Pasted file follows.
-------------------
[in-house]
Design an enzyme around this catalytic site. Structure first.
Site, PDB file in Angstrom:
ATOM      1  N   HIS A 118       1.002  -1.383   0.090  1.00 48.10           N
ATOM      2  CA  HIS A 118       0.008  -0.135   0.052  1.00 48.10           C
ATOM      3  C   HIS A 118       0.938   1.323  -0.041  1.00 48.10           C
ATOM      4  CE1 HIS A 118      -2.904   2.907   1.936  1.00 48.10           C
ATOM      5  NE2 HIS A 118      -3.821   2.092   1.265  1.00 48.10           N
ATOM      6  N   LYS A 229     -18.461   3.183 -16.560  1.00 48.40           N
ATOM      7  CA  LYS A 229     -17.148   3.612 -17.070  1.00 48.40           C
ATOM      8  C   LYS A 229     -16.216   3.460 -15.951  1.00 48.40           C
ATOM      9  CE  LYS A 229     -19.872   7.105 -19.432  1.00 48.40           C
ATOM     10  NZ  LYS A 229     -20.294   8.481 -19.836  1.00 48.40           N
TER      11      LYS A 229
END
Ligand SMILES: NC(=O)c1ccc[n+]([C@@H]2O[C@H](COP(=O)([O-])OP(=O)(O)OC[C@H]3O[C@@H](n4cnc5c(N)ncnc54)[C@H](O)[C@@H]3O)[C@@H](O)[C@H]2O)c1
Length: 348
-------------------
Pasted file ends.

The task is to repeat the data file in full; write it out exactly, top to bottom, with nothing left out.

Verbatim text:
[in-house]
Design an enzyme around this catalytic site. Structure first.
Site, PDB file in Angstrom:
ATOM      1  N   HIS A 118       1.002  -1.383   0.090  1.00 48.10           N
ATOM      2  CA  HIS A 118       0.008  -0.135   0.052  1.00 48.10           C
ATOM      3  C   HIS A 118       0.938   1.323  -0.041  1.00 48.10           C
ATOM      4  CE1 HIS A 118      -2.904   2.907   1.936  1.00 48.10           C
ATOM      5  NE2 HIS A 118      -3.821   2.092   1.265  1.00 48.10           N
ATOM      6  N   LYS A 229     -18.461   3.183 -16.560  1.00 48.40           N
ATOM      7  CA  LYS A 229     -17.148   3.612 -17.070  1.00 48.40           C
ATOM      8  C   LYS A 229     -16.216   3.460 -15.951  1.00 48.40           C
ATOM      9  CE  LYS A 229     -19.872   7.105 -19.432  1.00 48.40           C
ATOM     10  NZ  LYS A 229     -20.294   8.481 -19.836  1.00 48.40           N
TER      11      LYS A 229
END
Ligand SMILES: NC(=O)c1ccc[n+]([C@@H]2O[C@H](COP(=O)([O-])OP(=O)(O)OC[C@H]3O[C@@H](n4cnc5c(N)ncnc54)[C@H](O)[C@@H]3O)[C@@H](O)[C@H]2O)c1
Length: 348